History of AP Jesuits


Rev. Fr. H. HERAS S.J.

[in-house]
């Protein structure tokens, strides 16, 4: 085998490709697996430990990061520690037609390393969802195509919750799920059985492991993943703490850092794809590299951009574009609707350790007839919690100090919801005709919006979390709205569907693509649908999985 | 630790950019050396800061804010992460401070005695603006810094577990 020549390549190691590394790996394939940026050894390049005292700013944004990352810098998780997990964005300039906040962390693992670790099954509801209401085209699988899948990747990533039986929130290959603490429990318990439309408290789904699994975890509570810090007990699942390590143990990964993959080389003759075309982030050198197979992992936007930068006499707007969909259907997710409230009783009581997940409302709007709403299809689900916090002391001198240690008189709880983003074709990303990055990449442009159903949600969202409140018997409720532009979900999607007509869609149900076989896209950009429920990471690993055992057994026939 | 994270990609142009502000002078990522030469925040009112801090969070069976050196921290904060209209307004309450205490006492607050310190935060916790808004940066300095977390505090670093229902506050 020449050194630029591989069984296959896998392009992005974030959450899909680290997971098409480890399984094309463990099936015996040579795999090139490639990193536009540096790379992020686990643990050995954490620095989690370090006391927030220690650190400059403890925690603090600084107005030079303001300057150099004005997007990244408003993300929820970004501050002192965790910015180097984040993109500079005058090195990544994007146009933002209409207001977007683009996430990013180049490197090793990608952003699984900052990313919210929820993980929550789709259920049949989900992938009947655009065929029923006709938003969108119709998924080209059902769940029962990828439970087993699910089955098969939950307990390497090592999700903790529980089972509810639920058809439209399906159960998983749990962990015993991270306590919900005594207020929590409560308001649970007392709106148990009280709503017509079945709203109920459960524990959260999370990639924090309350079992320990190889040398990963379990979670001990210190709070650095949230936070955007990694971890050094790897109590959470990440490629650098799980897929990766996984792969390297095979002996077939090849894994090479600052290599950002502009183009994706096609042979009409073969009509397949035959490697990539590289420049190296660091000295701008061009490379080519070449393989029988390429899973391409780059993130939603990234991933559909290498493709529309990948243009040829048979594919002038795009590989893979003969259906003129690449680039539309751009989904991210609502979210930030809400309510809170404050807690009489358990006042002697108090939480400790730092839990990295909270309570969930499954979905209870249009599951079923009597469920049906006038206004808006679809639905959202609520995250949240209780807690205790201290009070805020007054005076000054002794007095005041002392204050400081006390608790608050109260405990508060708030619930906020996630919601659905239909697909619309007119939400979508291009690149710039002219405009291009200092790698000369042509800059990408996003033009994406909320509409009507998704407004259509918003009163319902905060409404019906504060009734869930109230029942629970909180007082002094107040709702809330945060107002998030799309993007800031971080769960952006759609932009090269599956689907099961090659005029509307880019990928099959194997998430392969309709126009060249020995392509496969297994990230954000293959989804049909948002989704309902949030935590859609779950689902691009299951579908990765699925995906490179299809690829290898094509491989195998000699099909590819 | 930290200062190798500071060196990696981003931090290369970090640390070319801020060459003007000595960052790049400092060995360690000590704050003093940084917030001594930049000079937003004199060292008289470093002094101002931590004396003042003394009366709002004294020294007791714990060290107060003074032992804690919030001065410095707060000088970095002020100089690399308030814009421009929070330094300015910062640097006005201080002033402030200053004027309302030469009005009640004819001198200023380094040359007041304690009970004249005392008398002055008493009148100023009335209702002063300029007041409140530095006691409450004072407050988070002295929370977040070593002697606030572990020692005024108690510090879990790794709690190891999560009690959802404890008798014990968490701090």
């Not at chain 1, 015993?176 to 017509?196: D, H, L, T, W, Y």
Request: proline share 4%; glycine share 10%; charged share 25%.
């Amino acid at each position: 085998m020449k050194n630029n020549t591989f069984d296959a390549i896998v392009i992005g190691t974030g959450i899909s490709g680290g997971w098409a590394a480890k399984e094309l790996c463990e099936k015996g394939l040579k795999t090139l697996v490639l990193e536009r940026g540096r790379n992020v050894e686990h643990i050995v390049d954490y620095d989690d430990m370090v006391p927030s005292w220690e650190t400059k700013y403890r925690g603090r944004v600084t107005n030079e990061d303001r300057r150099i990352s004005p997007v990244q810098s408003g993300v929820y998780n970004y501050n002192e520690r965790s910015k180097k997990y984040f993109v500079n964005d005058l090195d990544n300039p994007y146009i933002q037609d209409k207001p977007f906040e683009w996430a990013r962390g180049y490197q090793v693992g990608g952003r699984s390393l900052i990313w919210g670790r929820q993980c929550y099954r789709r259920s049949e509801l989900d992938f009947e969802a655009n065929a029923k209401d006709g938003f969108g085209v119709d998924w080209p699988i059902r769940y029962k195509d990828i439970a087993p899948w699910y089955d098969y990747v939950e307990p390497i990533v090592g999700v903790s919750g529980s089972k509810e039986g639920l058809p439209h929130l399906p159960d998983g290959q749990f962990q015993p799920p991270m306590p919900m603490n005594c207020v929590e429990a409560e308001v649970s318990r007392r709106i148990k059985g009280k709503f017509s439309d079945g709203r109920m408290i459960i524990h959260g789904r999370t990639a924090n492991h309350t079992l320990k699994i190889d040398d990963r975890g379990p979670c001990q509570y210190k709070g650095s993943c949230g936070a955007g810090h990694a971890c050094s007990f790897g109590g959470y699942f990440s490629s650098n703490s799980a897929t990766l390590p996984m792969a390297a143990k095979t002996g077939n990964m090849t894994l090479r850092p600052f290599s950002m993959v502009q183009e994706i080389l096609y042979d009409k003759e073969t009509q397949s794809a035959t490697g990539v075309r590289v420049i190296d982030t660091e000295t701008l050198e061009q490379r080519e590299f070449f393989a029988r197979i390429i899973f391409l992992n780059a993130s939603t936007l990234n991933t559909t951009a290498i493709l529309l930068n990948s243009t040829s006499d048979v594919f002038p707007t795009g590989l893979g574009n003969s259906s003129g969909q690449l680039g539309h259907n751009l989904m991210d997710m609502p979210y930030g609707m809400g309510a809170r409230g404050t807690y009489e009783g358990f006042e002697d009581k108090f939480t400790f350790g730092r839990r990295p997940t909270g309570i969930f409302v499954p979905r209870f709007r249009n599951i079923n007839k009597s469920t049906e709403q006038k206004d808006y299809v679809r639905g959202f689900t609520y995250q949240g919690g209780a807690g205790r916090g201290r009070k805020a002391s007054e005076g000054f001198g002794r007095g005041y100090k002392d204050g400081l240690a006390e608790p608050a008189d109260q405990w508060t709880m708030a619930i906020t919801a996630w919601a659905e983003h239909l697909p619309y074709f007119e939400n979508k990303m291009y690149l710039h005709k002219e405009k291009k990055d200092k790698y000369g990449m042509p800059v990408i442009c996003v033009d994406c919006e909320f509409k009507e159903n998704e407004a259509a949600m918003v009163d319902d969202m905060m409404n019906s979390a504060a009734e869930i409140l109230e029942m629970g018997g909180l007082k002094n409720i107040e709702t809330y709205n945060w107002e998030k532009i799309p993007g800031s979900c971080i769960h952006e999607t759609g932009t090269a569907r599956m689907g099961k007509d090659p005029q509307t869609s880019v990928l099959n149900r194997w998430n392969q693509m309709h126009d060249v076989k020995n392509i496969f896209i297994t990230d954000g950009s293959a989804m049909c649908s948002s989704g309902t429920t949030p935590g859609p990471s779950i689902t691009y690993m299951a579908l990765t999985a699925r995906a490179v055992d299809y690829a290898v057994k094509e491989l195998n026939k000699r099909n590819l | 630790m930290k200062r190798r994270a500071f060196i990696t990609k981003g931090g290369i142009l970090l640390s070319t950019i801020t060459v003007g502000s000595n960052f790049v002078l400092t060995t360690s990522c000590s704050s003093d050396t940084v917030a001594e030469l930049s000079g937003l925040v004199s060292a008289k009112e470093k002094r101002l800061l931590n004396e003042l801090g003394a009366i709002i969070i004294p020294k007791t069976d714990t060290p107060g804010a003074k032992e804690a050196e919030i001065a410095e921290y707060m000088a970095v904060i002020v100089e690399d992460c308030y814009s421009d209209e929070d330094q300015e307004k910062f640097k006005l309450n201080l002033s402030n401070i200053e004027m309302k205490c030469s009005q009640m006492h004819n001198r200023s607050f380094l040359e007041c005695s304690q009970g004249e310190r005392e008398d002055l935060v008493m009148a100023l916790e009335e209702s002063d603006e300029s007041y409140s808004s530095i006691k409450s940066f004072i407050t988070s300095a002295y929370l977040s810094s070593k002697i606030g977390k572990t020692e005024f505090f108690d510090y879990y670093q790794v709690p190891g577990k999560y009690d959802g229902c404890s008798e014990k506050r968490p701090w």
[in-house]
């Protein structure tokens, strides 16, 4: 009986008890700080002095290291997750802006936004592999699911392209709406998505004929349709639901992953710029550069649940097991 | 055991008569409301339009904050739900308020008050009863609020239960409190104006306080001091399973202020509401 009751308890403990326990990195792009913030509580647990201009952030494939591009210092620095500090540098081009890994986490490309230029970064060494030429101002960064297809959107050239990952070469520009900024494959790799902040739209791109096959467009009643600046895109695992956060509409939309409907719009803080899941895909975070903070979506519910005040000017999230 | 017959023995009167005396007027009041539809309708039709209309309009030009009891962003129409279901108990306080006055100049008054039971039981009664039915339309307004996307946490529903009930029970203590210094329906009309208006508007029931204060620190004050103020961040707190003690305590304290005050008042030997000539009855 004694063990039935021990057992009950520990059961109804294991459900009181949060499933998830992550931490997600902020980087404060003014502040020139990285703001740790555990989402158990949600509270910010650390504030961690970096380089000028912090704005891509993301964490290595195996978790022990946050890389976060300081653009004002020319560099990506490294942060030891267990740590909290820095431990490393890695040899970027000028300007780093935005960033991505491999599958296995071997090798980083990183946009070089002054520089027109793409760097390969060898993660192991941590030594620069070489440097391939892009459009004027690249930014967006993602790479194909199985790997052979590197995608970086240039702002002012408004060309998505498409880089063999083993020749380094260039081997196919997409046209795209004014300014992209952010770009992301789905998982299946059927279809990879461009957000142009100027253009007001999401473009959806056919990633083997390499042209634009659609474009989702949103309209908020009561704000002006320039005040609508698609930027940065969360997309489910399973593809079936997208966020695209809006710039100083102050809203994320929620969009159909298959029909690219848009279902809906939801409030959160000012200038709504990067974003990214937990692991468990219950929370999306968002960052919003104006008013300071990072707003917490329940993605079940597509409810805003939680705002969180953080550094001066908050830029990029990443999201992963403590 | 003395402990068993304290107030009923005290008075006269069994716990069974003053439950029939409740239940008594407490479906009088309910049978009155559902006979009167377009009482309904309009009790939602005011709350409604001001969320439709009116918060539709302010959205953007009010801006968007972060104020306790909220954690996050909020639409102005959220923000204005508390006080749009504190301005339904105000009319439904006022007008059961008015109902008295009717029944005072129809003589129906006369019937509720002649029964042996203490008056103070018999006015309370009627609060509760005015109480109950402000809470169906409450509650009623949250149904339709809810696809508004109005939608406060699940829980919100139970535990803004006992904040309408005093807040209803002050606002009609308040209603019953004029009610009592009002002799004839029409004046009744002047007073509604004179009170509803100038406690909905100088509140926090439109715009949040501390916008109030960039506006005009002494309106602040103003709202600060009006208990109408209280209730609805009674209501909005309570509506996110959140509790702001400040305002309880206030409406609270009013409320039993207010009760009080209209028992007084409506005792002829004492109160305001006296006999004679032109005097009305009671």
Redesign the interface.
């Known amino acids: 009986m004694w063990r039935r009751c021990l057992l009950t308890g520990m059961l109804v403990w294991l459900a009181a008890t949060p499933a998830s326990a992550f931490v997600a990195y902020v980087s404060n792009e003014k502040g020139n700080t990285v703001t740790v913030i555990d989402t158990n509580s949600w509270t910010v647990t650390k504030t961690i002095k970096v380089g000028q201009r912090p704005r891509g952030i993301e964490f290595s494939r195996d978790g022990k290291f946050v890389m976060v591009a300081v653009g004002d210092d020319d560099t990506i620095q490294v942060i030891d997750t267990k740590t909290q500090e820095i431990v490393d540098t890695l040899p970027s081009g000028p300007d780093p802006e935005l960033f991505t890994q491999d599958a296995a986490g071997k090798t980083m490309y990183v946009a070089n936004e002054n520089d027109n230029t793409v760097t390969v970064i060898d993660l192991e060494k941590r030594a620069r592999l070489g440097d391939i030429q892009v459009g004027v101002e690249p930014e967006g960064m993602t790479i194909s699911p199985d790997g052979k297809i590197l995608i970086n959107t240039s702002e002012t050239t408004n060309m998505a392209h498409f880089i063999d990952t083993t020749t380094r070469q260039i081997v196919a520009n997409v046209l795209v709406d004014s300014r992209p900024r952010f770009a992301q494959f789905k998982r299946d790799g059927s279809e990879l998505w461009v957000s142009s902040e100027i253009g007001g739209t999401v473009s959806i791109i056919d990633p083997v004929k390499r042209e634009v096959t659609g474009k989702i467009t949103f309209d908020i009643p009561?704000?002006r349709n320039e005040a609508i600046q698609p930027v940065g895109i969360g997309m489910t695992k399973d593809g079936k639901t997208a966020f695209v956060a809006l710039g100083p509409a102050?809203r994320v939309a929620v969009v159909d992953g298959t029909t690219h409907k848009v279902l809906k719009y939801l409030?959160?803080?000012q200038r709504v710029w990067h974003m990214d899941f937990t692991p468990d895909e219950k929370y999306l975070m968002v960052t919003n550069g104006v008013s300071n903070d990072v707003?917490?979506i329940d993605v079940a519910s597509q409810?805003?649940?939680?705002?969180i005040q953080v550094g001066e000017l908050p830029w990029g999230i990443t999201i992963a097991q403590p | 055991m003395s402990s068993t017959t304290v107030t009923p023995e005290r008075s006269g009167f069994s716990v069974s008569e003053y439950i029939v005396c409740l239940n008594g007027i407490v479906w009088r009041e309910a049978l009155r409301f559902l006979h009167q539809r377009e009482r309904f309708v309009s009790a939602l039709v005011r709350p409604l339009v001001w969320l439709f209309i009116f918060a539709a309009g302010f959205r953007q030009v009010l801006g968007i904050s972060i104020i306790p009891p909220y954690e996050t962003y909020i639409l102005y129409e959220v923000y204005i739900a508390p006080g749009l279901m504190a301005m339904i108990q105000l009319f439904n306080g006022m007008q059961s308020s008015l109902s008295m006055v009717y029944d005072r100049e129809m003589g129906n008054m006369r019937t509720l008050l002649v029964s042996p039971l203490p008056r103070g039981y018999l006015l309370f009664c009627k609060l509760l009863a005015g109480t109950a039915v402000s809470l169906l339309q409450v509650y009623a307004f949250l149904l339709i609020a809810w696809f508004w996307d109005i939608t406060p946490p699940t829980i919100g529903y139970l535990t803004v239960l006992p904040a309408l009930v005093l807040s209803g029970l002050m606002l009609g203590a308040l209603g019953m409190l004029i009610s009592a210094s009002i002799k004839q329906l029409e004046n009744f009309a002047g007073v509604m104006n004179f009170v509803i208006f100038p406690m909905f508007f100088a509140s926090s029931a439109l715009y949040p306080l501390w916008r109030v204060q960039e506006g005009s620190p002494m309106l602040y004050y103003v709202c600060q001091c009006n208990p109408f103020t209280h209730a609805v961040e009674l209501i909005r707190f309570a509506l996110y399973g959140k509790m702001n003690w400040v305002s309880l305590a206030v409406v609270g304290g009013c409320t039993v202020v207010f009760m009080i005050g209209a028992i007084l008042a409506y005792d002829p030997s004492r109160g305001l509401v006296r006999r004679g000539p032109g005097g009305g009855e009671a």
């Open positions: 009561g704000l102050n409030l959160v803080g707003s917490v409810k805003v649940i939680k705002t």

An extraordinary cavalcade was issuing from the eastern gate of the lower fort of Chandragiri, not far west of Tirupati, in the morning of 15th October, 1598. Numerous soldiers, riding on horses and holding spears and lances adorned with streamers of variegated appearance, were seen first winding their way through the crooked granite gateway. After them various elephants caparisoned with rich rugs, and tinkling silvery bells under their bellies, majestically appeared. They were’ surrounded by an army of servants, and carrying on their backs a number of noblemen of the Vijayanagara Court, stationed then at Chandragiri. Behind them another elephant, as lofty as a mountain, towering, above all the rest, its forehead decorated with the Vaisnava mark, was the mount of a little boy aged about thirteen. He was peacefully seated on the honourable tiger skin spread upon a crimson cloth, but his eyes were staring round full of curiosity and admiration. He was dressed in a silken white vesti having a yellow salve round his torso, while two attendants behind him were agitating their chouries with intermittent regularity.The cavalcade followed the road towards Tirupati, and having arrived at a distance of one league from Chandragiri the vanguard scout discovered two travellers wearing very unusual apparel, coming from the opposite direction. They were dressed in black gowns, their waists being girded by black sashes. A black biretta covered their heads. They carried a humble knapsack on their backs and walked briskly holding a staff in their right hands. When the scouts spotted them the cavalcade stopped, the elephants came forward and stopped facing each other at each side of the road, allowing the taller elephant to advance through the middle of the path. And when all the huge beasts knelt down at the –command of the respective mahouts the noblemen stepped down, and the little boy coming forward saluted the two strangers, offering them his naniaskarams, with more grace and civility than could be expected from his age. He was himself of noble blood and royal upbringing.For he was a favourite nephew of Oba Raya, the father-in-law of Emperor Venkatapati Devaraya II of Vijayanagara then residing at Chandragiri, and supreme master of the Emperor’s house. The graceful lad had come, on behalf of his uncle, to welcome two Jesuits who were coming from Mylapore to present their respects to the Vijayanagara Emperor. Their names were Father Simon de Sa, a Portuguese, Rector of the College of St. Thome of Mylapore, and Fr. Francesco Riclo. It was thus that the first two Jesuits to enter Andhradesa were officially received in the capital of the Empire.Emperor Venkata received the two western sannyasis most kindly and invited them to fix a permanent residence in Chandragiri, for which he gave them a plot, and the village of Elamur in the neighbourhood of Mylapore whose revenue would help them for their maintenance and cult. Accordingly in the month of August of the following year two Jesuits settled at the court, very near the Emperor’s palace, which still stands in that beautiful valley, as a silent witness to the kindness of Venkata towards the Jesuits. The new corners were Fr. Manoel de Veiga and the above mentioned Fr. Ricio and these were joined by Fr. BeichiorCoutinho a few months later.Know More